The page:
DIY Well Pump Repair — Everything You Need to Know

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If your home is one of the more than 43 million in the United States that has a water well, you are pretty much guaranteed to have to address well pump problems at some point. A well pump, like a sump pump, spends its service life submerged in water that may contain sediment, and it works hard, so it would be unrealistic not to expect maintenance issues to arise.


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Most of the problems that directly affect a water well pump, such as a broken seal, a worn out impeller, or a stuck foot valve, are beyond a homeowner's ability to repair. They involve pulling the pump out of the ground, and this calls for special equipment and expertise that only a pro has. Minor issues that affect the pump operation and the water supply can occur elsewhere in the plumbing, however, and homeowners can diagnose and repair many of those without calling a plumber. Some of these repairs are very easy.

It's a good idea to familiarize yourself with your well pump water system because you can't fix what you don't understand. Systems differ, but most have more or less the same components. The time you spend doing this won't go to waste, even if the repair at hand turns out to be simple. You'll have more than one opportunity to use it in the future.

Anatomy of a Deep Well Pump System

The well on most properties isn't the kind in which you throw coins and make a wish; it's a 4-inch-diameter or larger hole bored in the ground to the depth of the water table, which can be hundreds of feet. When installing a new well, well pump pros drop a plastic casing into the hole along with a submersible pump, which is cylindrical and fits inside the casing at the bottom. The electrical wires that supply power run down through the casing to the pump.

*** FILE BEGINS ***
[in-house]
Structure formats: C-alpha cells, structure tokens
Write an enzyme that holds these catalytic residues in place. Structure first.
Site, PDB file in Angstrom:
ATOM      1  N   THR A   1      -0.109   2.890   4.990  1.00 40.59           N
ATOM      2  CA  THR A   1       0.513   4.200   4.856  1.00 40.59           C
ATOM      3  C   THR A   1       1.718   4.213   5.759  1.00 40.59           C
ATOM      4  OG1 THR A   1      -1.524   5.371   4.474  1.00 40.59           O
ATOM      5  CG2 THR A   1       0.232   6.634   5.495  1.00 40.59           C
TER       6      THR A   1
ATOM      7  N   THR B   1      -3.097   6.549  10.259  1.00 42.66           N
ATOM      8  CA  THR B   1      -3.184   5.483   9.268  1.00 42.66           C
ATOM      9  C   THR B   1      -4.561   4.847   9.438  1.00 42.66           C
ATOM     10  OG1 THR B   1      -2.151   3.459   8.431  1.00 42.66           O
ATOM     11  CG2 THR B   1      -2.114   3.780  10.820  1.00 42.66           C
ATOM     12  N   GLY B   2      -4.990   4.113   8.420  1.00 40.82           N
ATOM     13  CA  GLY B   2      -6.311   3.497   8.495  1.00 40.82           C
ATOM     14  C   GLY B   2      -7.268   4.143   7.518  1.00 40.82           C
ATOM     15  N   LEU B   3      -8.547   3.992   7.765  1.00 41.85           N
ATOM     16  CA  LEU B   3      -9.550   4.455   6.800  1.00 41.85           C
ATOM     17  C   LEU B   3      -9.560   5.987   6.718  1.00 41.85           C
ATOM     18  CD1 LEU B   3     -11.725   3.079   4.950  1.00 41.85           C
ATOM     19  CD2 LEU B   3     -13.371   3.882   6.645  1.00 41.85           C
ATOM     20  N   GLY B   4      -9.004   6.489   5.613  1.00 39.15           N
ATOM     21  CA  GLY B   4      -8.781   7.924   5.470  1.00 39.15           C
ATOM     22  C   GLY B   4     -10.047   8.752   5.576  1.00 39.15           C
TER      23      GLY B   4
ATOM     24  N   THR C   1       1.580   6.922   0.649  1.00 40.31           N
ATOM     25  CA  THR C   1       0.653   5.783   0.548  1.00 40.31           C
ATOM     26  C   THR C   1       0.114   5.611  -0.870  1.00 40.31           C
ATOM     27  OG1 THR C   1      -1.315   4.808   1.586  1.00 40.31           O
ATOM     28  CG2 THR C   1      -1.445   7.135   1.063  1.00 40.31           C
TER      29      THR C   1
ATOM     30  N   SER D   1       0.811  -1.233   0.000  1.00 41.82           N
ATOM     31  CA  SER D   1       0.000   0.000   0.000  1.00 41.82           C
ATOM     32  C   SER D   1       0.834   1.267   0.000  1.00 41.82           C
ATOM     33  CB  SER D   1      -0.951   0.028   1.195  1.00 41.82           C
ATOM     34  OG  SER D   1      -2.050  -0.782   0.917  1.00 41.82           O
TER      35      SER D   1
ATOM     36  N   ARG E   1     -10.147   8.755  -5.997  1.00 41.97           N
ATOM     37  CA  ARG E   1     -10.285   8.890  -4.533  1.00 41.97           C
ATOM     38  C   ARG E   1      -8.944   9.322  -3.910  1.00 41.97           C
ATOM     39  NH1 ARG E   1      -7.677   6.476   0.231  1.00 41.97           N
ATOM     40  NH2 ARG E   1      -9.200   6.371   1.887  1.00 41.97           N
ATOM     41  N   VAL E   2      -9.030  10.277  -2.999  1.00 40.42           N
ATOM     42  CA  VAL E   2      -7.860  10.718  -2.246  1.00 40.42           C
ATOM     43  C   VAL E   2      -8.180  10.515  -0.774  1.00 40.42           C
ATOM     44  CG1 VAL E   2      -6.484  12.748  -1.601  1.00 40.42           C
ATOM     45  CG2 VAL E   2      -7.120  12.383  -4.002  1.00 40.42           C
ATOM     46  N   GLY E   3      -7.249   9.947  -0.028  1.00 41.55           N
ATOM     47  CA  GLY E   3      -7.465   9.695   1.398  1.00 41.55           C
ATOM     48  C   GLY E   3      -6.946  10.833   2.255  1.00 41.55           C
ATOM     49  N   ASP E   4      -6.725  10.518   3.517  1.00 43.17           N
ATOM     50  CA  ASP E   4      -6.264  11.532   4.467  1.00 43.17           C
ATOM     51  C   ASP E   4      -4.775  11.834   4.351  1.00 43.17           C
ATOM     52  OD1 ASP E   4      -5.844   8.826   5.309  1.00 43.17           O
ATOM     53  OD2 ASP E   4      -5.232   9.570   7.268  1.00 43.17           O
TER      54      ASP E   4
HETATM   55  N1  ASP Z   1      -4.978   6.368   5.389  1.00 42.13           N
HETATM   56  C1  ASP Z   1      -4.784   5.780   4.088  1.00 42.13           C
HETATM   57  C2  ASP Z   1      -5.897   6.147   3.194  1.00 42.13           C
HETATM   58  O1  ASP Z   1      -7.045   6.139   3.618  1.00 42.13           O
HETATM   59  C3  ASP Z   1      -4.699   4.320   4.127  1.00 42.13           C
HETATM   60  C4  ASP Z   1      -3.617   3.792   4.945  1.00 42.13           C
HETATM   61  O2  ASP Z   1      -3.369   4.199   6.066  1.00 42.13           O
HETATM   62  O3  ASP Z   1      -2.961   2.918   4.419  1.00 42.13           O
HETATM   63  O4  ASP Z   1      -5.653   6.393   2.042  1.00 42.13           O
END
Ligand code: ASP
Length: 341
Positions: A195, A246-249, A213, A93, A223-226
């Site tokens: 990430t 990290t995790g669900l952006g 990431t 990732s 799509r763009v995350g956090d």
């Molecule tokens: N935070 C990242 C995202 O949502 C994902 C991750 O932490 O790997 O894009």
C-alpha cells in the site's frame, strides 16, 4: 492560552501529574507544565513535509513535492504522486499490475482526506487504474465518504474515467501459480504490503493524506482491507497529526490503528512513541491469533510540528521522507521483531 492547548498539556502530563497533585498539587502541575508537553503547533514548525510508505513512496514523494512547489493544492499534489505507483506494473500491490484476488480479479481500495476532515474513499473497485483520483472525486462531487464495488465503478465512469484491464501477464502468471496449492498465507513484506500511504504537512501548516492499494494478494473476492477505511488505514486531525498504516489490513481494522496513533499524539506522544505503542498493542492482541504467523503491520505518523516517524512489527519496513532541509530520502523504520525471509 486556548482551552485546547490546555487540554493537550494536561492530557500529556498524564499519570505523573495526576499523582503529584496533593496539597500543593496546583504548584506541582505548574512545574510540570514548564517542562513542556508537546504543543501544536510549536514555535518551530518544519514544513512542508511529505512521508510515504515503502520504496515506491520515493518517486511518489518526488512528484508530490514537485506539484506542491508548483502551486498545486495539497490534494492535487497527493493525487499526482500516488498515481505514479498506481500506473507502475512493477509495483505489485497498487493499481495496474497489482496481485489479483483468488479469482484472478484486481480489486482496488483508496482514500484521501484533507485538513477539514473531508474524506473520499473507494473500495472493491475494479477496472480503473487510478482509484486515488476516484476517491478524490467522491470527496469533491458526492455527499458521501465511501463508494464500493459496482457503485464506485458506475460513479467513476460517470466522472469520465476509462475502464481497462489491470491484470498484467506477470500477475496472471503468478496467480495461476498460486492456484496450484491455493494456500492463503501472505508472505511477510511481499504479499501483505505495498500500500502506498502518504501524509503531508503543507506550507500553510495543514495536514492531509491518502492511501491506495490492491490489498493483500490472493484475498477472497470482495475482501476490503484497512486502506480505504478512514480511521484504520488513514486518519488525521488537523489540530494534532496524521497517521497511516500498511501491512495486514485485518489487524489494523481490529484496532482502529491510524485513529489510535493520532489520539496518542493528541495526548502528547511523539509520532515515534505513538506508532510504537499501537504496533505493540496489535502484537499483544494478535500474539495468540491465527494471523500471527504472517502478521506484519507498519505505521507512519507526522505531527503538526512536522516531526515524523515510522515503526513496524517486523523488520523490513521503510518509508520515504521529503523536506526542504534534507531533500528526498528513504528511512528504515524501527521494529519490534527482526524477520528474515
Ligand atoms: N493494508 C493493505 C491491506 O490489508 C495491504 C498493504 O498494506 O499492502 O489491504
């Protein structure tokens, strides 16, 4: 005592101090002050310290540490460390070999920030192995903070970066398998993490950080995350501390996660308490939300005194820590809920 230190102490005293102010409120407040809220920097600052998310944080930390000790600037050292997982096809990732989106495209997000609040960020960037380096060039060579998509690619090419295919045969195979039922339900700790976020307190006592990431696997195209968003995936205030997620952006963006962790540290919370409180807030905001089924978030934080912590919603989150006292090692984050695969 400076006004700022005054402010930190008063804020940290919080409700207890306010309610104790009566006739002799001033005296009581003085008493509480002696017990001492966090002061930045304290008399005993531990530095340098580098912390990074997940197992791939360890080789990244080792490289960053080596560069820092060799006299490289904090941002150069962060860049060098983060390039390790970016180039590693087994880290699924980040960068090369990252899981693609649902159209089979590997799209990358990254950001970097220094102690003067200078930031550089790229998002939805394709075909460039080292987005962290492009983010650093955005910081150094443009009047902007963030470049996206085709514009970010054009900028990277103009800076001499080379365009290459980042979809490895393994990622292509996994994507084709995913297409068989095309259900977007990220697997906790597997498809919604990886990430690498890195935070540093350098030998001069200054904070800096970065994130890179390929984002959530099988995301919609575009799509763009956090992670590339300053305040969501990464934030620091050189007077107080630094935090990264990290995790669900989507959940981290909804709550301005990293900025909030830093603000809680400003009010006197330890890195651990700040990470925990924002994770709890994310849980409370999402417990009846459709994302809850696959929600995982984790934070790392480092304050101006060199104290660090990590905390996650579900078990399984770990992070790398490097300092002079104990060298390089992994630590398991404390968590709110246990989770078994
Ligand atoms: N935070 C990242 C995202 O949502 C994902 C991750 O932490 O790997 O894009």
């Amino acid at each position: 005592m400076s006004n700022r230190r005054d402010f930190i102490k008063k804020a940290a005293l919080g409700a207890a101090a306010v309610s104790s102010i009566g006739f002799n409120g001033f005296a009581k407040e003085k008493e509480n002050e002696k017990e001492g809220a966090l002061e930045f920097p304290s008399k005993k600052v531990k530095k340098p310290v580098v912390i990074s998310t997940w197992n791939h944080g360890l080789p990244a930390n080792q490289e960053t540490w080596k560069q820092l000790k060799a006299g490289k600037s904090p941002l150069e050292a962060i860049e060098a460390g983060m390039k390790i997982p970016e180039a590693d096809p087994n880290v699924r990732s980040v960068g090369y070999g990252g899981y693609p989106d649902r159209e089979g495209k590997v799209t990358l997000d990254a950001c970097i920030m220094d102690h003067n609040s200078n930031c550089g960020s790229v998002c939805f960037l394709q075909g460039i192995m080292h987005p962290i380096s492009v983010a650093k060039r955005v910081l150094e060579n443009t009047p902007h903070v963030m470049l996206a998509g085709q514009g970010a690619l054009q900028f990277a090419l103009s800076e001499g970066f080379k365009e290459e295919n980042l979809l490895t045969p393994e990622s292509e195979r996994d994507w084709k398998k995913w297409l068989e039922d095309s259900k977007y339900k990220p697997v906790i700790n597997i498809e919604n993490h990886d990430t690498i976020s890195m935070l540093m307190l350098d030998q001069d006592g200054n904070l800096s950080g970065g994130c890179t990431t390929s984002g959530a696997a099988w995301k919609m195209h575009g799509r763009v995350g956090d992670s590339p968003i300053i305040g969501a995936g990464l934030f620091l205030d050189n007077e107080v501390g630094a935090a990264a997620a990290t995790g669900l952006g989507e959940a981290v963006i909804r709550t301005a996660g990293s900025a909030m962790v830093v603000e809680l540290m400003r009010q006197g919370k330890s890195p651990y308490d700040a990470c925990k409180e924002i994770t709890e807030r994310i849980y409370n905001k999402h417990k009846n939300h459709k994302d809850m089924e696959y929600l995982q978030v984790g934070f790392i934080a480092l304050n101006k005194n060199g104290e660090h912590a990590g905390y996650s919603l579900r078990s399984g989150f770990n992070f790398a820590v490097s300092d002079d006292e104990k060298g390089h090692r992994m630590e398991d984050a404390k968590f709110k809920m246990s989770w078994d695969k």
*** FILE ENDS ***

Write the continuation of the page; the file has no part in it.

A fitting at the top of the casing connects the casing to the plumbing pipes and separates the parts of the system that need to be fixed by well pump repair services (below the fitting) from those that you can DIY, which are above it. The pipes run to a holding tank, from there to a pressure tank, and finally into the home's water supply network of pipes. In some systems, the holding tank is the pressure tank, and it's pressurized by the well pump. In others, the tanks are separate, and an additional jet pump pressurizes the pressure tank.


A troubleshooting strategy for well pump repair should include these considerations:

  • If either pump fails, the house won't get any water, and since each is controlled by a switch, they are the first things to check when troubleshooting low water pressure.
  • In a system that employs a separate holding tank, a float inside the tank tells the well pump when to come on; this is another potential culprit.
  • Some systems employ a controller with a large capacitor to provide the extra power the well pump needs to switch on, and that capacitor can fail.
  • The pressure tank itself may have a ruptured bladder, which makes it unable to develop water pressure.
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Start With the Pressure Switch

The pressure switch is usually located near the pressure tank, although in systems with external jet pumps, it's usually mounted on the jet pump. It senses the pressure inside the pressure tank and switches on the pressure pump when the water pressure falls below the cut-in value (usually 30 psi). It switches off the pump when the cut-out pressure is reached (usually 50 psi).